For example, if the effective tax rate is lower than 15% in a foreign subsidiary location, the tax burden on dividends distributed from that subsidiary to Turkey may be increased to 22%. On the other hand, with the introduction of a Dutch holding company, the total tax burden over foreign dividends could be limited to the taxes paid in the foreign subsidiary location (unless that subsidiary qualifies as a controlled foreign company as per Turkish regulations), and there are no extra taxes as a result of the Turkey–Netherlands dividend traffic. This situation is of course within the knowledge of the tax administration, and although it has been the intention to remove the exemption from the Turkey–Netherlands tax agreement for many years, negotiations have not yielded any results.
Today, we are close to achieving this result, and in this article we will discuss the fate of the Dutch agreement and the companies that have heavily invested in the Netherlands for many years.
Outcome of the Multilateral Instrument
For the last 10 years the base erosion and profit shifting (BEPS) initiative has been the hottest topic on the international tax agenda, developed by the Organization for Economic Co-operation and Development (OECD) and imposed on member countries to make the necessary regulations in their domestic legislation.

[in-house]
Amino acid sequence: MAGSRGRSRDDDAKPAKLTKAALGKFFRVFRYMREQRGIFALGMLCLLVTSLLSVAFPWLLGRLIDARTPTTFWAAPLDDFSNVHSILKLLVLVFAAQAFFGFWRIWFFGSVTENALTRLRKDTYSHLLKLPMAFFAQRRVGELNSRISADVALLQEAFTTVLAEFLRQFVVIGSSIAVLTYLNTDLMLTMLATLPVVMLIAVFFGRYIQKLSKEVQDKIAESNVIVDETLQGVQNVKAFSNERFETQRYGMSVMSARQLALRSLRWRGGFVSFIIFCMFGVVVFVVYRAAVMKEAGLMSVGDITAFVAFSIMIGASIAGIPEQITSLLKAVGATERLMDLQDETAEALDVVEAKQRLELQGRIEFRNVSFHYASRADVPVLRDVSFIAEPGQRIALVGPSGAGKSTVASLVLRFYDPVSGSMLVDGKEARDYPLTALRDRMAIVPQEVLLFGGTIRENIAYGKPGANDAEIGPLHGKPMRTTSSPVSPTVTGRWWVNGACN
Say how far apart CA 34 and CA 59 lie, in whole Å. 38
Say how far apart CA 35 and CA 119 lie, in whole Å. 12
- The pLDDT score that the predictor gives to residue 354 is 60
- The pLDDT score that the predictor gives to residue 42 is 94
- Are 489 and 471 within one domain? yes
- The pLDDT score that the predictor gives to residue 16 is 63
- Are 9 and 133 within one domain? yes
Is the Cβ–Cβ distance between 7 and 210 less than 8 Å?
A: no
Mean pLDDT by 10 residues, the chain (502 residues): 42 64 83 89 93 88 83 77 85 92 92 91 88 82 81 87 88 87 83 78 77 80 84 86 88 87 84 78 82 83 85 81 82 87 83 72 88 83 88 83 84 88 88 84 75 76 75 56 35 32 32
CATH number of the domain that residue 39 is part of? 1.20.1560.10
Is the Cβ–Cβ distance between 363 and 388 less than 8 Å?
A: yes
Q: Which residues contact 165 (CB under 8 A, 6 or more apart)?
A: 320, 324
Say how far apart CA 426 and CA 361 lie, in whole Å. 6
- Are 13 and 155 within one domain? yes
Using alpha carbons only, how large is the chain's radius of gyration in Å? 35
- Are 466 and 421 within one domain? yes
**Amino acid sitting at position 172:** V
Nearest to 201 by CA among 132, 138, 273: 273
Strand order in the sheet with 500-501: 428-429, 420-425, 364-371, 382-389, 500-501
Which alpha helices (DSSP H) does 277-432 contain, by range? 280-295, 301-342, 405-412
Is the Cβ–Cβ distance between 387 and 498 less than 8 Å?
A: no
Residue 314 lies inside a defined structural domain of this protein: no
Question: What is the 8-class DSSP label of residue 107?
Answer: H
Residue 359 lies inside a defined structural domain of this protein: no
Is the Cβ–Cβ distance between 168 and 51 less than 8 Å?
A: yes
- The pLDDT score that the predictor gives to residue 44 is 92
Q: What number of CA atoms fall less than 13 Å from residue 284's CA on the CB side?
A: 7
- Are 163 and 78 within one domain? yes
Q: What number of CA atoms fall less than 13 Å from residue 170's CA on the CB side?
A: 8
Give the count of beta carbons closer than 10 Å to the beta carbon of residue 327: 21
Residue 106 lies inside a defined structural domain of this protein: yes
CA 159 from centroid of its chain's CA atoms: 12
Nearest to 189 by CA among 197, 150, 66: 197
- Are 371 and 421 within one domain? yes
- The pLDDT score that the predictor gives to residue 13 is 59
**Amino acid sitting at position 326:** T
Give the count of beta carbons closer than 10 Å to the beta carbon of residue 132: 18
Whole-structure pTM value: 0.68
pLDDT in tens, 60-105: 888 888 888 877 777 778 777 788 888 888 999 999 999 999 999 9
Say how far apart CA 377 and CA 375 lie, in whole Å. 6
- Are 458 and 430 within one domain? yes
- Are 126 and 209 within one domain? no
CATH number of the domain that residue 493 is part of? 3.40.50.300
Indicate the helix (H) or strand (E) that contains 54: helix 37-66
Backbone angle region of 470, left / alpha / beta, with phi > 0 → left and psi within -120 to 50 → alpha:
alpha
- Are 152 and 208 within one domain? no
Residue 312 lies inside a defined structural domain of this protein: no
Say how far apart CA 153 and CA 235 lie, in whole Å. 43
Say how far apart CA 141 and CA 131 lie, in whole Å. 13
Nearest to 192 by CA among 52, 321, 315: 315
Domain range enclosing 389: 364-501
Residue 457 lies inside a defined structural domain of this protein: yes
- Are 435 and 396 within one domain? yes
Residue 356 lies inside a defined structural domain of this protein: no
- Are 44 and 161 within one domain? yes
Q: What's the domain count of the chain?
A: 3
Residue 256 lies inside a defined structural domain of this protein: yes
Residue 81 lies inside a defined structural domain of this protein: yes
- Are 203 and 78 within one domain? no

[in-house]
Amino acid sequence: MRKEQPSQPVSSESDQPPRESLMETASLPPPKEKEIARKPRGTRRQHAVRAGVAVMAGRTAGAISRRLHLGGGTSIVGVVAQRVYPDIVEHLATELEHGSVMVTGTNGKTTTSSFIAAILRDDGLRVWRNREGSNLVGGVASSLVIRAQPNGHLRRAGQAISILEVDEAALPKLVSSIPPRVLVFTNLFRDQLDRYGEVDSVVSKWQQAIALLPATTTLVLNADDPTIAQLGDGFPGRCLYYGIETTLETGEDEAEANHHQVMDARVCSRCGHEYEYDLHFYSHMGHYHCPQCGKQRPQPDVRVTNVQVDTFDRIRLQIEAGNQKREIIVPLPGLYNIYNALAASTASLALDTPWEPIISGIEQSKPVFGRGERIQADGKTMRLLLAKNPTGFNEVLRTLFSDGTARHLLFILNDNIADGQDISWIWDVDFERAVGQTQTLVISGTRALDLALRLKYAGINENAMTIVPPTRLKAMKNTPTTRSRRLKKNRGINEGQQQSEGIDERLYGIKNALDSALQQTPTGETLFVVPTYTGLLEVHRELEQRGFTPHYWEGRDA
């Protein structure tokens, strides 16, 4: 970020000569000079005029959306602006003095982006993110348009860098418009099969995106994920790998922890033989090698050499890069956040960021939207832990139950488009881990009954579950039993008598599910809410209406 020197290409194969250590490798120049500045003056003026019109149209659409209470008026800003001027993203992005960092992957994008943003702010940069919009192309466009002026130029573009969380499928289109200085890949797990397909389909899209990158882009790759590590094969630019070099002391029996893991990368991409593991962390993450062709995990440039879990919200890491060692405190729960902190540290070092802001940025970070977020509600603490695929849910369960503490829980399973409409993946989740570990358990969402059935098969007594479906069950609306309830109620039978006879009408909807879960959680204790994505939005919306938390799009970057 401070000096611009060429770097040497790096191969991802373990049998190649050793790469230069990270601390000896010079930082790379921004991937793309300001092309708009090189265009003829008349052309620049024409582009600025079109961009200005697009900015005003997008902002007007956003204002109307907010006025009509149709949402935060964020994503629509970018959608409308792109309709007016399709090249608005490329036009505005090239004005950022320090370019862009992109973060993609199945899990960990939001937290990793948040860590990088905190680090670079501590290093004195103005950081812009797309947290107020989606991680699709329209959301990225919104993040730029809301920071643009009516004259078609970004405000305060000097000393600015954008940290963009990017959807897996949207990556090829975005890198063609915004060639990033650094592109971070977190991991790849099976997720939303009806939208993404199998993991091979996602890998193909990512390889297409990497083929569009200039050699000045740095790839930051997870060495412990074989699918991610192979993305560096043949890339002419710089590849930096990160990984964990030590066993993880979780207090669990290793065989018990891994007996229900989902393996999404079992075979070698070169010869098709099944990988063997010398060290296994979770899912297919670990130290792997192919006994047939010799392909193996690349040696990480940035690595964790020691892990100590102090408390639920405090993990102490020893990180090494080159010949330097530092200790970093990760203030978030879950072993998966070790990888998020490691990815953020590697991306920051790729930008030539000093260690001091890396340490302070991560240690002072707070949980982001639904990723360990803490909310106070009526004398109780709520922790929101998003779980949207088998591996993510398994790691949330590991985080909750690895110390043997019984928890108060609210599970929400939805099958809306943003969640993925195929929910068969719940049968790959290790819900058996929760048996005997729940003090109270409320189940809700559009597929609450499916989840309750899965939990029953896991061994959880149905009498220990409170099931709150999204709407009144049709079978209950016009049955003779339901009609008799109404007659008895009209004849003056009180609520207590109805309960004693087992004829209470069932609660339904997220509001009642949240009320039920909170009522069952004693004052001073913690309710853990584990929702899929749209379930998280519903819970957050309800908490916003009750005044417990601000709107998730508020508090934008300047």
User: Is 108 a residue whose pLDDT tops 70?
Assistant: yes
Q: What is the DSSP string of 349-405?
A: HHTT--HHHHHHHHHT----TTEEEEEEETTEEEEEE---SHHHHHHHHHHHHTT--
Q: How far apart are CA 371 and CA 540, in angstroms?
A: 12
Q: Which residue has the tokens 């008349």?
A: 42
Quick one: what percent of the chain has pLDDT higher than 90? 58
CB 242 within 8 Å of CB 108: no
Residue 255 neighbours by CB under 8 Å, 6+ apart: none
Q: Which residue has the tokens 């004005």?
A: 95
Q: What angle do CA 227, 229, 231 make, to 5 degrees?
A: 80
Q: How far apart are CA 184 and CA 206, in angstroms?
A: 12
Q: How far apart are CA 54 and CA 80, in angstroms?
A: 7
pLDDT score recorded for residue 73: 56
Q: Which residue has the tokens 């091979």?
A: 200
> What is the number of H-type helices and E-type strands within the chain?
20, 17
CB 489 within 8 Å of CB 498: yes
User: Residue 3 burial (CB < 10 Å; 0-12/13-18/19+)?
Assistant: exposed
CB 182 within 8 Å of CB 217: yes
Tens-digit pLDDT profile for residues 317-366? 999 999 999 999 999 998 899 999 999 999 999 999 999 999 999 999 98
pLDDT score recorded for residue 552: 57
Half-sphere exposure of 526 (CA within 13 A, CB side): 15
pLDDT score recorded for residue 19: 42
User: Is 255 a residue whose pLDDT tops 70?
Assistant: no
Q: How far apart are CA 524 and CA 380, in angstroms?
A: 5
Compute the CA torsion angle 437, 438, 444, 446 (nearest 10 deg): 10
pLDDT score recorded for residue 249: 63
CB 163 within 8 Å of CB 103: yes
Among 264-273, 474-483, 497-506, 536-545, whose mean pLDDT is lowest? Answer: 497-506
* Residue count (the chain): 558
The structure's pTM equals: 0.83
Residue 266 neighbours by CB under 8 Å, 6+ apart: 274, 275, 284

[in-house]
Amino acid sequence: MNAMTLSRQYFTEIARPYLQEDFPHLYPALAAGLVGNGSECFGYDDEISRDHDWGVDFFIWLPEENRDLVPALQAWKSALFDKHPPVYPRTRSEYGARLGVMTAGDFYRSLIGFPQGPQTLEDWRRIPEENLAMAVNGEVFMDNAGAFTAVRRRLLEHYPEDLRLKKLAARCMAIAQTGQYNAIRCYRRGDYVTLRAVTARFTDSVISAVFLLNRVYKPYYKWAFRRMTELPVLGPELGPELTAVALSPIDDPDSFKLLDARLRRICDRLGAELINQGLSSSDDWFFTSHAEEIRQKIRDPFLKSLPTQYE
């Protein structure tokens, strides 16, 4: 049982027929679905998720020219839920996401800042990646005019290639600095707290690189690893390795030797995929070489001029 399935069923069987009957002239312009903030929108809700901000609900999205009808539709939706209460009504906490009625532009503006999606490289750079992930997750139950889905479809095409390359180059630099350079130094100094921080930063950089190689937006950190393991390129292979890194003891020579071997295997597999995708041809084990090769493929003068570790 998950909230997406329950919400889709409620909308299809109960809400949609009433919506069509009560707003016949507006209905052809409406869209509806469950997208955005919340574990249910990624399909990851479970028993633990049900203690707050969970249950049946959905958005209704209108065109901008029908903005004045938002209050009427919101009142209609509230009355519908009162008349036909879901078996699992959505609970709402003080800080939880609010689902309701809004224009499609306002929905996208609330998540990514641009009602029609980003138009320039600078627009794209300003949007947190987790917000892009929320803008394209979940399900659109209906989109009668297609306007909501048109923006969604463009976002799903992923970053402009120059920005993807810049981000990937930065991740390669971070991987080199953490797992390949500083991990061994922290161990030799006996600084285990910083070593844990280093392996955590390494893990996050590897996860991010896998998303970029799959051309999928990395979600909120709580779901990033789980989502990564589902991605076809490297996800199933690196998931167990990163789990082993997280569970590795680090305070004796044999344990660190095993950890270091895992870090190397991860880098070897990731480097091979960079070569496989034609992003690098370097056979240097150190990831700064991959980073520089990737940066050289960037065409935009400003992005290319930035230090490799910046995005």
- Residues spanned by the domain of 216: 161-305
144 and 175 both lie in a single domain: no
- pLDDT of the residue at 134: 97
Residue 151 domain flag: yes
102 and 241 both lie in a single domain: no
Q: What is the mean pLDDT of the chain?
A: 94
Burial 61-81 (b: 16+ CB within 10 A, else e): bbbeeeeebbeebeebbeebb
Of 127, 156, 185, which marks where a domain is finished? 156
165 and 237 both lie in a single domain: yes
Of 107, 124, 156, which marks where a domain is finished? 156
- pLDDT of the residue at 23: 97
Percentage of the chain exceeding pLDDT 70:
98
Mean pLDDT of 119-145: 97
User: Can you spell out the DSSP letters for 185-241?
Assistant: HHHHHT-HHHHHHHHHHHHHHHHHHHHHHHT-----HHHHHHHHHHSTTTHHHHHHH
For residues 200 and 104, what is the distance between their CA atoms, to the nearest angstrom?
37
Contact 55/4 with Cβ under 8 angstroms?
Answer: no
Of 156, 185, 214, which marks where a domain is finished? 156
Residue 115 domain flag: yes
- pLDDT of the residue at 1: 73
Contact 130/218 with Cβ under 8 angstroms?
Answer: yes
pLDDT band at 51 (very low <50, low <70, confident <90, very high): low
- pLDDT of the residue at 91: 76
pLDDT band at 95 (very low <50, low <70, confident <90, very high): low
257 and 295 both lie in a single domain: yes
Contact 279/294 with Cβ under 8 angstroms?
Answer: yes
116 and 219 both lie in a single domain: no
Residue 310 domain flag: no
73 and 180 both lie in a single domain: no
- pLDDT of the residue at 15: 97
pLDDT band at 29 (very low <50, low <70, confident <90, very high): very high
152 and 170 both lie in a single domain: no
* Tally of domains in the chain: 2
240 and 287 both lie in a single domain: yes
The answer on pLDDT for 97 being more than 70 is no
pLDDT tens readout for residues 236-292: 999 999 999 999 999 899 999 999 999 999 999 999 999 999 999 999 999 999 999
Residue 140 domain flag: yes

One of the BEPS action plans (Action 15) is the multilateral instrument (MLI) which was signed in Paris in 2017. Its aim is to replace the double tax treaties that can no longer respond to today’s conditions and became insufficient to prevent tax evasion, which is one of the most important purposes of the BEPS initiative; it also aimed at fulfilling the legal gaps in these agreements.
Even though this was the intention of the OECD, the MLI was not able to be fully above the double tax treaties and could not have the power to completely change or even replace them. Countries accepted certain articles, but had reservations for certain articles, hence a uniform application could not be possible. For this reason, the MLI has turned into a kind of rag bag, with a different meaning for each signatory country, and is not able to fulfil its objectives precisely, and no country can fully conclude on the approach of another country.
Turkey signed the MLI in 2017 and made reservations to those provisions other than the minimum standards, meaning that the articles of the MLI will not be taken into account, and the relevant articles of double tax treaties will continue to apply. Article 5 of the MLI regarding the prevention of double taxation was among Turkey’s reservations in the first signature. This meant that the exemption clause of the double tax treaty between Turkey and the Netherlands, on which amendment attempts had been made for many years, would remain in force—contrary to the intention of the Turkish tax administration.